Dear Mr. Berko: My 84-year-old dad is not well and was a very avid reader of your column until he got sick. He would send your columns to me every week with comments. Two years ago, he had a stroke. According to his brokerage statement, he owns two stocks: 400 shares of Citigroup and 3,000 shares of MGIC Investment Corp. In January 2009, he bought 4,000 shares of Citigroup as a gamble at $1.20 per share. It’s now selling for $73 a share. But for some reason, Dad’s 4,000-share investment is now 400 shares. A new stockbroker at his brokerage told me that he has no record of Dad’s selling Citigroup and mumbled something about a “revised split” that was unintelligible. Dad’s notes say you told him that big banks — such as the Bank of New York Mellon, Bank of America, Citigroup and JPMorgan Chase — were too big to go bankrupt and that the Federal Reserve would step in to do anything necessary to save all the major banks.
In the fall of 2012, on your recommendation, Dad bought 3,000 shares of MGIC Investment Corp. at 90 cents a share. His notes say you said that MGIC was on its way to a recovery and that the stock would sell at $15 a share in the future. Well, MGIC did recover, and it’s now trading at $12.20. I’ve never seen this rate of profit before, so please tell me what to do. I know nothing about stocks. — AD, Detroit
Dear AD: Unfortunately, you have me confused with somebody else. There are thousands of brokers in this country, and I think 12 of them are named Malcolm. Perhaps one of those Malcolms could be the “somebody else.” I’ve never recommended MGIC, and I don’t recall anyone ever asking me about this stock. And I’ve never recommended Citigroup. I’ve never liked the stock. In the past, I’ve commented negatively about both Citigroup and Bank of America because I believe that their management stinks and their board members are a clique of wealthy toadies who’d barely qualify for board positions at a roach paste factory.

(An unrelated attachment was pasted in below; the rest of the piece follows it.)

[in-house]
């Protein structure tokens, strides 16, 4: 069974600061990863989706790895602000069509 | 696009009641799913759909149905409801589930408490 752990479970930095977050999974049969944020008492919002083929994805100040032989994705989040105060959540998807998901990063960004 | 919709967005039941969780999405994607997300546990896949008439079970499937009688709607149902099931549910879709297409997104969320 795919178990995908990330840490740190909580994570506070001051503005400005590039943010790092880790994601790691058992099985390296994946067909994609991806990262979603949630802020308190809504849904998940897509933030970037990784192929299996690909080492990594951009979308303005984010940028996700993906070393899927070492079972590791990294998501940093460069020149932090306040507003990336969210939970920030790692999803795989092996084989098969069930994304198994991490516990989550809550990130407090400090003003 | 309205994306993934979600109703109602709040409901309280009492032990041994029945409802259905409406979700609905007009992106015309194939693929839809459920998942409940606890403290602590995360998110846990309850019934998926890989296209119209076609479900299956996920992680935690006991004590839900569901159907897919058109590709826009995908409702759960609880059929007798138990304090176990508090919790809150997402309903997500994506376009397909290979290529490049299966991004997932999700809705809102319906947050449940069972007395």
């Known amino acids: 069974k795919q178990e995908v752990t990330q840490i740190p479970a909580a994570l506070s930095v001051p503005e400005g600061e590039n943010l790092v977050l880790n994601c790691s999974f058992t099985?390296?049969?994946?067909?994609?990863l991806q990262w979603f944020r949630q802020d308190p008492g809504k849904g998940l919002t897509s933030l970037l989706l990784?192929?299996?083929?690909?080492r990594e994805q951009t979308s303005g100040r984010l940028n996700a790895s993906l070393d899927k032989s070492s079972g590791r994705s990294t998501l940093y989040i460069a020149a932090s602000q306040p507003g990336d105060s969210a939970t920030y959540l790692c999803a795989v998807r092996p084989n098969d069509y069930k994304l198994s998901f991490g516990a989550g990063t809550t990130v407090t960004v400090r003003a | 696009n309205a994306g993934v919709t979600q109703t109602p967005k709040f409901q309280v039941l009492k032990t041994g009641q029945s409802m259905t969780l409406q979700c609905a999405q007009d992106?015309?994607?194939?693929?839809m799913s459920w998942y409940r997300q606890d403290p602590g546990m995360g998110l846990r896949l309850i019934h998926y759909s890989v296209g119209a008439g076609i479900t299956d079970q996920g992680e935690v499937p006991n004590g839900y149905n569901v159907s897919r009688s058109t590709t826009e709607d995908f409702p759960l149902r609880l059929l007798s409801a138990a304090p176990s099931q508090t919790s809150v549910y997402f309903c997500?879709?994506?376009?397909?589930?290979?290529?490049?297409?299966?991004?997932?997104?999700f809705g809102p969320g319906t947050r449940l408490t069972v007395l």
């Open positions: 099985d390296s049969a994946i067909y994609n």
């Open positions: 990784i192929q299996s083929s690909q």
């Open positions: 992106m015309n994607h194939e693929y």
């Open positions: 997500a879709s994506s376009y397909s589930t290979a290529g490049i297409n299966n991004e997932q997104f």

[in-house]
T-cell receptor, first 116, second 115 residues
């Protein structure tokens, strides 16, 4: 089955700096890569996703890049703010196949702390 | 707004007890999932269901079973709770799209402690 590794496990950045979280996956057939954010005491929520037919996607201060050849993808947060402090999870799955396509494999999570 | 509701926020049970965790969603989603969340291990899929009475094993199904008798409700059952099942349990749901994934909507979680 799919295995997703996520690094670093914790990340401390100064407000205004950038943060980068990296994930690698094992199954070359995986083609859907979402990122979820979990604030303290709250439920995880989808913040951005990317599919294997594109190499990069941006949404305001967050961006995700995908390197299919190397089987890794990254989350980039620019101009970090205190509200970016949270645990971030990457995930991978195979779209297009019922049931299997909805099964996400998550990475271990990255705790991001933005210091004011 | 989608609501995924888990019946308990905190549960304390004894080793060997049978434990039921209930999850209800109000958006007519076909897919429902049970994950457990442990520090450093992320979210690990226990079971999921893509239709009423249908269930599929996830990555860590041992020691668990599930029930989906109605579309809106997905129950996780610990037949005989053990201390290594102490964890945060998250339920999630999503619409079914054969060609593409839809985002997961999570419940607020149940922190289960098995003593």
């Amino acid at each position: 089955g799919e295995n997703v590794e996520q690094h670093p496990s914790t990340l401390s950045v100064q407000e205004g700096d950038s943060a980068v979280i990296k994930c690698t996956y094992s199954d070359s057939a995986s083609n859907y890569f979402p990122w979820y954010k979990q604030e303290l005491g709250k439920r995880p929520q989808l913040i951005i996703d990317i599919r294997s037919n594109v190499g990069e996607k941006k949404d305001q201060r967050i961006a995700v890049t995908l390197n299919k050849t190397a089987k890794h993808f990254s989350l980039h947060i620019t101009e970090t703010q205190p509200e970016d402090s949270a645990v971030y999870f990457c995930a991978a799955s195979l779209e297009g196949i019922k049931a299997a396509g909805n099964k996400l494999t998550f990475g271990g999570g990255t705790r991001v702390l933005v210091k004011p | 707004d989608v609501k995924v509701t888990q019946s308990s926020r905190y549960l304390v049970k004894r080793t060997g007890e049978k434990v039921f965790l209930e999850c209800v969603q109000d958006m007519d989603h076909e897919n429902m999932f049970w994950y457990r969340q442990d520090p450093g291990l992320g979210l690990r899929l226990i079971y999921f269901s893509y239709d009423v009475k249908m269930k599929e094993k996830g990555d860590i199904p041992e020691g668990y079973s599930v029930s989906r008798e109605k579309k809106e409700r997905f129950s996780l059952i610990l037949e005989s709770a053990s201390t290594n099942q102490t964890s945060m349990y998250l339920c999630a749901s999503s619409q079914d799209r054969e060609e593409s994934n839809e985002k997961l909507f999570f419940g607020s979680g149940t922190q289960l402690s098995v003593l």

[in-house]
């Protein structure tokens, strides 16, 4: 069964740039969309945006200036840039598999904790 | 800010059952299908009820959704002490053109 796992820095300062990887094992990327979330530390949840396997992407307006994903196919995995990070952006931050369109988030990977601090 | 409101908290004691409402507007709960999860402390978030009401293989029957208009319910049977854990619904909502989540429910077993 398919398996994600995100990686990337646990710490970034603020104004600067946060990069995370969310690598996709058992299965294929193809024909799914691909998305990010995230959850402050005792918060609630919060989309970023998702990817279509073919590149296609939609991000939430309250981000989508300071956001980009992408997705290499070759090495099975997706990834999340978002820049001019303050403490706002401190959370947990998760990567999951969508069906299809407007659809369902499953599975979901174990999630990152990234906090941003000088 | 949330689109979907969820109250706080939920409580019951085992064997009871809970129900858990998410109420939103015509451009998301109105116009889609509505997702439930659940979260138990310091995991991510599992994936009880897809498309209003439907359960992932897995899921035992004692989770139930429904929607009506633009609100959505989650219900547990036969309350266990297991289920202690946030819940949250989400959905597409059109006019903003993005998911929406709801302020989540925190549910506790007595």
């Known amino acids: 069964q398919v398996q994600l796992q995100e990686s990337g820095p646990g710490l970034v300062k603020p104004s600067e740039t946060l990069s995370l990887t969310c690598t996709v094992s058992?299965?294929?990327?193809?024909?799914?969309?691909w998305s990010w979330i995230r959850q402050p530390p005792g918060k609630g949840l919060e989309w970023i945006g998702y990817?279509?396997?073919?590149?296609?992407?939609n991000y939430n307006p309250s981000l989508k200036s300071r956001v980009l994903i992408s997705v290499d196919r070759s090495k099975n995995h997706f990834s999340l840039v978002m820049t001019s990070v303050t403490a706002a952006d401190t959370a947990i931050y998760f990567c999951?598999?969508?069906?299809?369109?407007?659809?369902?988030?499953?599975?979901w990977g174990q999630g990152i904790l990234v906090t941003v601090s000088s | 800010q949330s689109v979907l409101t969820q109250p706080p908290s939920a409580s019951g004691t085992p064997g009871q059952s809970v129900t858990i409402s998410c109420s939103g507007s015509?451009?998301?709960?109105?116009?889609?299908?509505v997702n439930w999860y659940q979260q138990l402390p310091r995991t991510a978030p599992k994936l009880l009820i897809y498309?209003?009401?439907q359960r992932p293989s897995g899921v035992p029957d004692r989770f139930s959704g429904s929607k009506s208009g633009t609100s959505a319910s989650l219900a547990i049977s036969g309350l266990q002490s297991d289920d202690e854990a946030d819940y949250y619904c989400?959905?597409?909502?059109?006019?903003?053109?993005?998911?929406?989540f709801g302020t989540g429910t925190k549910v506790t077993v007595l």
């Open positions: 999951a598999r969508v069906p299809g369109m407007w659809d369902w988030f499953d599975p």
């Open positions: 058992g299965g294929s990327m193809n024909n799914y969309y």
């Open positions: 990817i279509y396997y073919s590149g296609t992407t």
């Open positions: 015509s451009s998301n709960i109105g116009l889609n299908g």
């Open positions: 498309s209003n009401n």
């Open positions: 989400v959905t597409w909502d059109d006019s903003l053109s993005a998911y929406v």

Citigroup didn’t have a “revised” split. I think that new broker needs to be vaccinated for stupidity. However, about two years after your dad bought Citigroup, its board of directors declared a 1-for-10 “reverse” split to put some oomph in the stock price. So every 1,000 shares of C your dad owned became 100 shares. His 4,000 shares of C, which were trading at $1.20 ($4,800) when he bought them, became 400 shares trading at $12 a share, still valued at $4,800. Today C is $73, and his 400 shares are worth $29,200. Your dad has a smart profit of $24,400. Keep C.
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MGIC Investment Corp. (MTG-$12.20) is among the largest providers of private mortgage insurance (primarily for residential first mortgages), which protects lenders against default on loans with low or no down payments. MGIC also provides various related services, including claims administration and contract underwriting. After losing over $8 billion between 2007 and 2014 — and as the housing market improved — MGIC began putting its house in order, and profits started rolling in.
This year, management expects to earn $1.75 a share on $1.1 billion in revenues, and Wall Street is looking for sustainable forward growth, as buyer incomes, home sales and values still appear strong. MGIC’s business seems to be on an upward trajectory, supported by a favorable economic background and low interest rates. Though MTG doesn’t pay a dividend and won’t for a while, the Street expects the stock price to double in three to four years. But I completely disagree with the Street! Your dad has a gain of $11.30 per share on 3,000 shares, or $33,900, and that’s a dandy profit. Sell the stock.
Those are two excellent trades that I would never have recommended. Kudos to the old broker for his excellent perspicacity and swell advice.
Please address your financial questions to Malcolm Berko, P.O. Box 8303, Largo, FL 33775, or email him at firstname.lastname@example.org.